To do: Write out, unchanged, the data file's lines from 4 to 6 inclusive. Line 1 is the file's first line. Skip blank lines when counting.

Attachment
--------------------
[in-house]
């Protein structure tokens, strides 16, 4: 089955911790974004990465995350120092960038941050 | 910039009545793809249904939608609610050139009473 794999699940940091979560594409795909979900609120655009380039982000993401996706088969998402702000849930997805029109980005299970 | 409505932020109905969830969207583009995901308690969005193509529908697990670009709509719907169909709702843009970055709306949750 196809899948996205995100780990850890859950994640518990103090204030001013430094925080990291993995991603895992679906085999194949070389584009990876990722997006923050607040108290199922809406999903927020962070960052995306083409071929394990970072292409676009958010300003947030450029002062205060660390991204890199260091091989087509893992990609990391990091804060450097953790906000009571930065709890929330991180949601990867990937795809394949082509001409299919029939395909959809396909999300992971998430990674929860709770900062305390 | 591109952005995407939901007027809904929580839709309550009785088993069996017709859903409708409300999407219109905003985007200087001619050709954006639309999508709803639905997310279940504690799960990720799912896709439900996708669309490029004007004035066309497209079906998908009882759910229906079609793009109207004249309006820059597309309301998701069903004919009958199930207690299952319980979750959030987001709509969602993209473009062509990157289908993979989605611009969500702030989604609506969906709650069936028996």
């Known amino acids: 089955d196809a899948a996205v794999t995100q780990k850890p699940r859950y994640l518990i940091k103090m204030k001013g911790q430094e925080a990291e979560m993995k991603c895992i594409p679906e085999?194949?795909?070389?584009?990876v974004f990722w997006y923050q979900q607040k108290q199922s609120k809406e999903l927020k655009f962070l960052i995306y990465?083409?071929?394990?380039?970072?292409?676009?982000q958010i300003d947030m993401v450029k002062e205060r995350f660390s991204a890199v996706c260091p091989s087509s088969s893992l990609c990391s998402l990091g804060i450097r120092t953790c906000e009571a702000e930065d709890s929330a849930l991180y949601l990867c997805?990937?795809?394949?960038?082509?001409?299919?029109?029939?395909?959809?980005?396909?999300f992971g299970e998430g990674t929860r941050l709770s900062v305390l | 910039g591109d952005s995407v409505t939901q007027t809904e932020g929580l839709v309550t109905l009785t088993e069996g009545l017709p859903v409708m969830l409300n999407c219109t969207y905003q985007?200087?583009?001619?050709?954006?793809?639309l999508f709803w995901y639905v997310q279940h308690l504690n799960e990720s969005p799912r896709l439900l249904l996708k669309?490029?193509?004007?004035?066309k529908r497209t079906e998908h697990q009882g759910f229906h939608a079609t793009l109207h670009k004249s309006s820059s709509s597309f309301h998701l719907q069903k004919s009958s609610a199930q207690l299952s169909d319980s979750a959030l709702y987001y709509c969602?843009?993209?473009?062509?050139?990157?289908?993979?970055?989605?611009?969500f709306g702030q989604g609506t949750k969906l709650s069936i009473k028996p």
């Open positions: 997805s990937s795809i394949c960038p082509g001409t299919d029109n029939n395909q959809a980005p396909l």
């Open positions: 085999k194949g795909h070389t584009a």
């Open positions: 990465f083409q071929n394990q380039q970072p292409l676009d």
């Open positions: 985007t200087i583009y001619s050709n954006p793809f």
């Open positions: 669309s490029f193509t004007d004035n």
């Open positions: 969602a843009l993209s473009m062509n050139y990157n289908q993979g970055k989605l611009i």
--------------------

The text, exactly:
């Open positions: 997805s990937s795809i394949c960038p082509g001409t299919d029109n029939n395909q959809a980005p396909l």
């Open positions: 085999k194949g795909h070389t584009a």
């Open positions: 990465f083409q071929n394990q380039q970072p292409l676009d």